In that clip, notice how the Wichita State big man hedges on Young hard and stays with him, forcing Young to be patient and make the hook pass. That’s what Young forces opponents to do, thanks to his outside shooting. If you hedge briefly or not far enough, he will make you pay by knocking down a three.
Young’s shooting ability opens up more lanes to attack when defenders are pulled to the perimeter. Just when you think he’s going to nail the stepback jumper, Young hits a stutter move and zips into the lane for a soft floater.
By the way, notice the time and score in that package of plays. Each of these pick and rolls happened in the first eight minutes of the game against a team ranked 26th in the nation in defensive efficiency. Young doesn’t need to adjust throughout the game. His entire arsenal is ready to fire from tip-off.
Trae Young is one of the best shooters in college basketball, without question. The freshman point guard is making 41 percent of his threes, which is impressive but not otherworldly at this point in the season, until you account for the circumstances of his attempts. He’s shooting 9.7 outside shots every game and making more than four of those. Not to mention, he’s making those shots off the dribble, unassisted, and from EVERYWHERE. Only 38.6 percent of Young’s made threes come via an assist (per Hoop-Math.com). Compare that number to other prolific NCAA shooters like Jalen Brunson (65 percent), Grayson Allen (87 percent), and Kyle Guy (97 percent!!) and Young’s ability to create his own shot jumps off the page.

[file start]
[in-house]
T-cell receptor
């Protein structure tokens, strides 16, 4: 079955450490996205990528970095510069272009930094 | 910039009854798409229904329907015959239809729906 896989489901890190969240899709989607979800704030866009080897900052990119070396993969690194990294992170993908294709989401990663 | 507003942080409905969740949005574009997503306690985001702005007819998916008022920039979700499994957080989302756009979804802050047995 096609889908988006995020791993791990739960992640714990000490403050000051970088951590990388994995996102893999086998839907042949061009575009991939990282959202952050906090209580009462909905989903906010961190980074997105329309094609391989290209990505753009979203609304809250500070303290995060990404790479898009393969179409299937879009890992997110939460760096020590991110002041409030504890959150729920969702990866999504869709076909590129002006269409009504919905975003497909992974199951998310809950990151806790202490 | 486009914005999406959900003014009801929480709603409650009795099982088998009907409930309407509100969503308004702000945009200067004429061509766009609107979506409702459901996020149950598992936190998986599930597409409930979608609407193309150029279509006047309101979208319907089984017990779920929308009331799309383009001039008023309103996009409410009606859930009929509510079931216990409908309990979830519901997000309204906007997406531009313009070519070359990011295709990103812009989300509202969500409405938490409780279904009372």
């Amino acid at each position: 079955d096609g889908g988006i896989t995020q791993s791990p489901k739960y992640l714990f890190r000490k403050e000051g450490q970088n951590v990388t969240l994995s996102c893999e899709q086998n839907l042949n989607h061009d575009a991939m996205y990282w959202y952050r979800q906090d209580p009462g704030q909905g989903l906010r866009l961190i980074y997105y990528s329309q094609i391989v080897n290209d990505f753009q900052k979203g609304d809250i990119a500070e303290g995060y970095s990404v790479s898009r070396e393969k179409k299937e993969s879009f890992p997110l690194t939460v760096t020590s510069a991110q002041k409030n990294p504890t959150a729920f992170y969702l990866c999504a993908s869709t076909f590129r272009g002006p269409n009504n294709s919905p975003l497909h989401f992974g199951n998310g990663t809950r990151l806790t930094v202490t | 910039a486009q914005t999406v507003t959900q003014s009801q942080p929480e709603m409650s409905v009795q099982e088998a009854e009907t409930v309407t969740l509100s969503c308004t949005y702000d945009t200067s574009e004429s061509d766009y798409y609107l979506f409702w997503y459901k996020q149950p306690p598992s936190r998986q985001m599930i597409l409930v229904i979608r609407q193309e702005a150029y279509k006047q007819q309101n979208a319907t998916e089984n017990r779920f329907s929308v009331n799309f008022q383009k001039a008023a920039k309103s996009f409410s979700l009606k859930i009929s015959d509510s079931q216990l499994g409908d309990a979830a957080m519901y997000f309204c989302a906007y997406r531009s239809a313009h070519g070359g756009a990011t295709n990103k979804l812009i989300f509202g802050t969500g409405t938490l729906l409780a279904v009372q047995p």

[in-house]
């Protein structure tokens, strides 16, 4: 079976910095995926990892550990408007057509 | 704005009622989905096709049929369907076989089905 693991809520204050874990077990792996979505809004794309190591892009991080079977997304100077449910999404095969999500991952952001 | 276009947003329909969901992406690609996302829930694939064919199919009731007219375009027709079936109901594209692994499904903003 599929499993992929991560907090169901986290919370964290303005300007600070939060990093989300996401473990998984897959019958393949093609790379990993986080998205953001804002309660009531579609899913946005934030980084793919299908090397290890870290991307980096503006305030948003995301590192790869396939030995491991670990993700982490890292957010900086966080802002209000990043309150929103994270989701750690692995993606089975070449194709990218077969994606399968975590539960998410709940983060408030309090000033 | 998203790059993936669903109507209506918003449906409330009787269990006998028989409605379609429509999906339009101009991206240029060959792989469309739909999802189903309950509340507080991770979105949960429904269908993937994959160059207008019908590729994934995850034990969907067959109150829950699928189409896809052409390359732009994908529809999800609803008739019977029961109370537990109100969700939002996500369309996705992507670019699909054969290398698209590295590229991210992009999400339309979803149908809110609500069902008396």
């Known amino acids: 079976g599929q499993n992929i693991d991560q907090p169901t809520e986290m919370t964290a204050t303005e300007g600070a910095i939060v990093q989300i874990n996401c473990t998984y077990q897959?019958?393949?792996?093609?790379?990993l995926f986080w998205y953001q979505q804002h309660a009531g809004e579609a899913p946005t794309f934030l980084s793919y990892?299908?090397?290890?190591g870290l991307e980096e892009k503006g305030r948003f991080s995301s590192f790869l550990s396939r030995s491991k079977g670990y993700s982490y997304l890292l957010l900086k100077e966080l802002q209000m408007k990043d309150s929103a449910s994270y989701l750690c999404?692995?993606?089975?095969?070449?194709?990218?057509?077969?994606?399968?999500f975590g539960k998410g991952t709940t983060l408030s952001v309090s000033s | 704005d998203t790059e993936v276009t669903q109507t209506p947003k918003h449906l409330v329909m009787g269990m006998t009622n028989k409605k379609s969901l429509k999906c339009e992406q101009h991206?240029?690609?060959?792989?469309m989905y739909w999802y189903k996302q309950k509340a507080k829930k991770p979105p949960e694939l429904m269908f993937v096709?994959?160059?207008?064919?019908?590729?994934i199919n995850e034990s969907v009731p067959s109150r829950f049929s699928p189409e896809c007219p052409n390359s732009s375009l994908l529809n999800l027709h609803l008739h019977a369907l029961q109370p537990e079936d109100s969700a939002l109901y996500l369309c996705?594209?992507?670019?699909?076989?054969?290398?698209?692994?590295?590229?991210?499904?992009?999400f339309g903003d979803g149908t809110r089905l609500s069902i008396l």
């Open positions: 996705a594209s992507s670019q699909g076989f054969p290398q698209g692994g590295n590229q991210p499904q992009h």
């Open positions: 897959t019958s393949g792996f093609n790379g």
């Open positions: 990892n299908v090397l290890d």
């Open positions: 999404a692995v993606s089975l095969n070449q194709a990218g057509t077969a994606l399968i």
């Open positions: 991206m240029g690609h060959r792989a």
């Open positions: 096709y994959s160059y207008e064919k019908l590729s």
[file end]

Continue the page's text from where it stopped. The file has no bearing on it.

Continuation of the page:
On top of that, Young shoots the ball from well beyond the NCAA 3-point line. Check out the spots where he made his threes from in the first half versus Wichita State (including a GIF of a crazy stepback move to close it out).
Once Trae Young crosses halfcourt, he’s a threat to shoot. Vegas casinos should start taking bets on which body part of the Jayhawk at center court at Allen Fieldhouse Young is going to hit a shot while standing on.
Scoring From Every Level
If he were just a shooter and passer, teams could find ways to pin Young into tough spots or make him take difficult shots. Unfortunately for the rest of the Big XII, Young has shown the ability to score at the rim, in the mid-range, and from beyond the arc. Over half of his field goals have come from outside the arc, but 35 percent of his buckets come around the rim. Compared again to that group of the best scoring guards in America, Young compares favorably in every phase of scoring:
Despite needing to create his own space at the rim, in mid-range, and outside, Young shoots as good or better than some of the best scorers in basketball. At the rim, despite his size and lack of flashy athleticism, Young is still able to find ways to finish.